Life on a Crouton Farm: From Value-added Product to Growing a Local Commodity

Francie Caccavo

Francie Caccavo, owner of Olivia’s Croutons.

For many farmers, the road to value-added starts with good, abundant production of a commodity and the desire to increase farm revenues by adding value to that commodity through product development. For Francie Caccavo, owner of Olivia’s Croutons, the opposite was true. She started with a high-quality, value-added product and chose to grow a commodity (wheat) from a desire of building the ingredient stream of her product.

During a recent University of Vermont Extension Field Day, participants learned her story. Francie started Olivia’s Croutons in 1991 out of a desire to make a career switch that allowed her to work from home and keep flexible hours when her children were young (her daughter, the company’s namesake, was three years old, and her son, David was almost two). Back then, she made butter and garlic croutons in the family kitchen with bread purchased from Lilydale, a popular Burlington-area bakery. The business grew quickly that year; in five months, she was selling her croutons in about six stores, and purchased a convection oven and bread cutting machine to help keep up with orders. In two short years, they had outgrew the family kitchen and, in 1993, built a commercial kitchen in their basement.

The business continued to grow steadily—in 1997, a new packing machine was purchased; then they started to sell product through distributors, opening new markets and increasing demand; and in 1999, having outgrown their basement commercial kitchen, moved Olivia’s Croutons to commercial space in Hinesburg. The business outgrew this 2200 square foot space as well. The move to the bigger space had helped them further expand the business as well as shift to baking their own bread, led by David, Francie’s husband, when he left his “day job” to work full-time for the business.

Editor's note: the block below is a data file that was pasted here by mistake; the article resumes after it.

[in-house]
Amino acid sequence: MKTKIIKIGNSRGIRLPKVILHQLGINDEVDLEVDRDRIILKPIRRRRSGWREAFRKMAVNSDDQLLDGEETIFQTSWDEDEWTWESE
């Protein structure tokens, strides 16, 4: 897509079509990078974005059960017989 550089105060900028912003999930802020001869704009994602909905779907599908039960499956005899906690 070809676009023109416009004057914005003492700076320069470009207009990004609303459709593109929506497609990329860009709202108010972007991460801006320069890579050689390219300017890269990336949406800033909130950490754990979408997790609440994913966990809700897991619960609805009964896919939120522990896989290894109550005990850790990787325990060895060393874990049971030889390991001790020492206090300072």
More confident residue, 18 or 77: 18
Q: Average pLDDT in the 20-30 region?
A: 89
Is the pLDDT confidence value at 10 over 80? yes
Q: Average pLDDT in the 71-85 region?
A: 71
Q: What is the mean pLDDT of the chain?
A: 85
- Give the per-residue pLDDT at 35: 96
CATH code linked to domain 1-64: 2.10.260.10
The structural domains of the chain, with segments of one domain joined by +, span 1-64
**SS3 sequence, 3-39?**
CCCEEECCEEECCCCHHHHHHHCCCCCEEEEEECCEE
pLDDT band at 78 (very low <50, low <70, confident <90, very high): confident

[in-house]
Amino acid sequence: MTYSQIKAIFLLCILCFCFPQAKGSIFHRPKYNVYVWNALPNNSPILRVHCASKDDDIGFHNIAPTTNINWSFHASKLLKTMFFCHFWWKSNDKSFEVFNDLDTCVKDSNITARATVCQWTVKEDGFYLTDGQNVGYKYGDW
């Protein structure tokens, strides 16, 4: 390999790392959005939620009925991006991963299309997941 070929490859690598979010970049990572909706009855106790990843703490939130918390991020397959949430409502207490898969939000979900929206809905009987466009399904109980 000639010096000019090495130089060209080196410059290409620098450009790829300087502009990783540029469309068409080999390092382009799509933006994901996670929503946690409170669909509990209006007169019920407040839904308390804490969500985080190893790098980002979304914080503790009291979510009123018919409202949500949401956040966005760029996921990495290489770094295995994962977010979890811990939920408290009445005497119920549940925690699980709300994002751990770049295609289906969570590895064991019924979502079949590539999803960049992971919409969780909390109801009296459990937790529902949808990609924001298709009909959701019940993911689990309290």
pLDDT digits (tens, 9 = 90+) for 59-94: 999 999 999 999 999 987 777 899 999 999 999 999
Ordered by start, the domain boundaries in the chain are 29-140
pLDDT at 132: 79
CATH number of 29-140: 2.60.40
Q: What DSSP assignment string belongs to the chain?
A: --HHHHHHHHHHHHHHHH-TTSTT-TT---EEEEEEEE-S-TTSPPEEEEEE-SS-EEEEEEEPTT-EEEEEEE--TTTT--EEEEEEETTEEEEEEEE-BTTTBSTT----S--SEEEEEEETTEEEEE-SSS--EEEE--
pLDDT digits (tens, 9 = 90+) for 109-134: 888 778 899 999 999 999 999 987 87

Olivia's Croutons farm

1912 barn now home to crouton production.

It was son, David, that discovered the newest home for business and family in 2005–a farm in New Haven, complete with a 1912 barn that would house their crouton production operation. The barn, vacant since the 1950s, needed significant renovations but in seven short months, they had bought the farm, renovated the barn, and started operating in the new space in Autumn of 2006.

Earl Bessette

Francie’s neighbor and mentor, Earl Bessette shares his wealth of experience growing grains in New Haven.

Two years later, they started growing their own wheat. Francie credits her neighbors, Earl and Alan Bessette, for their ongoing support to her as a new farmer. Today, Francie grows her winter wheat varieties (which have included Redeemer, AC Morley, and Jerry) in 2 to 18 acre plots in a 5-year crop rotation. Neighbor Earl combines the wheat, and the grain is milled by Gleason Grains in Bridport. This homegrown flour accounts for about 20 percent (depending on the year’s crop production) of the flour used in the croutons. The move to growing her ingredient stream was important to Francie from both an economic standpoint as well as a commitment to high quality, local ingredients.



Francie markets Olivia’s Croutons throughout the United States; she has cruise and airline accounts, sells to several grocery chains, as well as several restaurants locally, in New York City, and beyond. Francie credits good employees, good neighbors, a supportive family, a high-quality, niche product, and an eye on cash flow for the continuing success of her business. Learn more about Olivia’s Croutons from their website and Facebook page.

To learn more about growing grains in Vermont, UVM Extension’s Northwest Crops and Soils Team is holding their annual Field Day on August 9, 2012 in Alburgh.

About Debra Heleba

Deb works for University of Vermont Extension where she is the Vermont SARE coordinator and also coordinates eOrganic's dairy team.
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